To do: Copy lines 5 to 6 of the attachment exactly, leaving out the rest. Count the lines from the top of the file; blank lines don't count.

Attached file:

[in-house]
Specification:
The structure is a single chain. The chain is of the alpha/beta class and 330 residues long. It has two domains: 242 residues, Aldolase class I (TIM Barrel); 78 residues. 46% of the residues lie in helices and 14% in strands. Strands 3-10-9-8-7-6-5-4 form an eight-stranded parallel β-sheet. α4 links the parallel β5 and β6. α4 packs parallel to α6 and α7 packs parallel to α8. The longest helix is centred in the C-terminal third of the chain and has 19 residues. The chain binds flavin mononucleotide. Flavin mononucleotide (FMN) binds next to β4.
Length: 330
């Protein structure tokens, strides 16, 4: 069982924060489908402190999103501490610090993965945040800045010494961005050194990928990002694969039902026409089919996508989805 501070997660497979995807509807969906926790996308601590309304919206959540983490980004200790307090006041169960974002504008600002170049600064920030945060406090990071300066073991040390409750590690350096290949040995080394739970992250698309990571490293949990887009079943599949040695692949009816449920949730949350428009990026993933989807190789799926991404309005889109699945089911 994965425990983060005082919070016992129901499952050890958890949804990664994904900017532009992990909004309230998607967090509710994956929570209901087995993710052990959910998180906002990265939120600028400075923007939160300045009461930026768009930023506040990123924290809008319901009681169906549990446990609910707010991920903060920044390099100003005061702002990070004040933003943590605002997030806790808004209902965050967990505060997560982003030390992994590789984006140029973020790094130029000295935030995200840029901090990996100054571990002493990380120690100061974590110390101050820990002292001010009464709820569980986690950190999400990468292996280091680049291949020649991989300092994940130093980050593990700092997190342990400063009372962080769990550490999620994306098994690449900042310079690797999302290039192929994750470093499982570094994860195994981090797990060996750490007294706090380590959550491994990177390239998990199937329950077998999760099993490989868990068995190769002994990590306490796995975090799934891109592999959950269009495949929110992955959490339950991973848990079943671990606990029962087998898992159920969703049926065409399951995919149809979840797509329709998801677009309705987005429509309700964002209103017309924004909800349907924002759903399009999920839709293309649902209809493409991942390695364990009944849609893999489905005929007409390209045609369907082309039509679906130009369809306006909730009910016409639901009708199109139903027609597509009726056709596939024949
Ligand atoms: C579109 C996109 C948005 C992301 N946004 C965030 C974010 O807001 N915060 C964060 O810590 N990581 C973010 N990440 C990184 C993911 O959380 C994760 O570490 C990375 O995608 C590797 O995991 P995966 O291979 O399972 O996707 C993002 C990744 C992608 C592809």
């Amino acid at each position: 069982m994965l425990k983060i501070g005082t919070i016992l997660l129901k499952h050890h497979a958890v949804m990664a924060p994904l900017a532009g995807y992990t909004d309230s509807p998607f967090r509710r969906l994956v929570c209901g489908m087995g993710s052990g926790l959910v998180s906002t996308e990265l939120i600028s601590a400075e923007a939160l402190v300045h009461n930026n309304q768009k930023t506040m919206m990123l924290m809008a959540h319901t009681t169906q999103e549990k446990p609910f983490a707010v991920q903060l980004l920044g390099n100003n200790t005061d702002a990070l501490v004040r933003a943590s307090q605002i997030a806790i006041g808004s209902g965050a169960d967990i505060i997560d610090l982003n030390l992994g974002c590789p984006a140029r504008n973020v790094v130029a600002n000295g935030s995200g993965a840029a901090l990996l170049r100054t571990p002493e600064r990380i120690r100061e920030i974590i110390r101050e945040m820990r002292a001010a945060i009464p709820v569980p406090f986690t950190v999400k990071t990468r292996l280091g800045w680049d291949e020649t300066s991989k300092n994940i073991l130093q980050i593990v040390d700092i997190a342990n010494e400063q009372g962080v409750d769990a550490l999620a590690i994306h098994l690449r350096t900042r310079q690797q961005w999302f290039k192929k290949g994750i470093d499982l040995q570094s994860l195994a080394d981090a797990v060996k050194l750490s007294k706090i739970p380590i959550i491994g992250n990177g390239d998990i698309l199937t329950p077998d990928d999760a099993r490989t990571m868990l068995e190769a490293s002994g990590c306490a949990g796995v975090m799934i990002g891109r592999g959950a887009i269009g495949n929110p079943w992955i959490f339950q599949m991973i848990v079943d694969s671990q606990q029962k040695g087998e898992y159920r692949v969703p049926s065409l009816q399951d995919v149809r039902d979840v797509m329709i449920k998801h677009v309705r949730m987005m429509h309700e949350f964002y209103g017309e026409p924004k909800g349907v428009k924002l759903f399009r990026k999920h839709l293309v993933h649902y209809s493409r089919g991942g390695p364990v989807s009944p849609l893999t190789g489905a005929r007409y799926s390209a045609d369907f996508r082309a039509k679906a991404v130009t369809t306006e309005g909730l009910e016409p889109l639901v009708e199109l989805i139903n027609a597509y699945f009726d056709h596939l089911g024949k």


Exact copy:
């Protein structure tokens, strides 16, 4: 069982924060489908402190999103501490610090993965945040800045010494961005050194990928990002694969039902026409089919996508989805 501070997660497979995807509807969906926790996308601590309304919206959540983490980004200790307090006041169960974002504008600002170049600064920030945060406090990071300066073991040390409750590690350096290949040995080394739970992250698309990571490293949990887009079943599949040695692949009816449920949730949350428009990026993933989807190789799926991404309005889109699945089911 994965425990983060005082919070016992129901499952050890958890949804990664994904900017532009992990909004309230998607967090509710994956929570209901087995993710052990959910998180906002990265939120600028400075923007939160300045009461930026768009930023506040990123924290809008319901009681169906549990446990609910707010991920903060920044390099100003005061702002990070004040933003943590605002997030806790808004209902965050967990505060997560982003030390992994590789984006140029973020790094130029000295935030995200840029901090990996100054571990002493990380120690100061974590110390101050820990002292001010009464709820569980986690950190999400990468292996280091680049291949020649991989300092994940130093980050593990700092997190342990400063009372962080769990550490999620994306098994690449900042310079690797999302290039192929994750470093499982570094994860195994981090797990060996750490007294706090380590959550491994990177390239998990199937329950077998999760099993490989868990068995190769002994990590306490796995975090799934891109592999959950269009495949929110992955959490339950991973848990079943671990606990029962087998898992159920969703049926065409399951995919149809979840797509329709998801677009309705987005429509309700964002209103017309924004909800349907924002759903399009999920839709293309649902209809493409991942390695364990009944849609893999489905005929007409390209045609369907082309039509679906130009369809306006909730009910016409639901009708199109139903027609597509009726056709596939024949
Ligand atoms: C579109 C996109 C948005 C992301 N946004 C965030 C974010 O807001 N915060 C964060 O810590 N990581 C973010 N990440 C990184 C993911 O959380 C994760 O570490 C990375 O995608 C590797 O995991 P995966 O291979 O399972 O996707 C993002 C990744 C992608 C592809």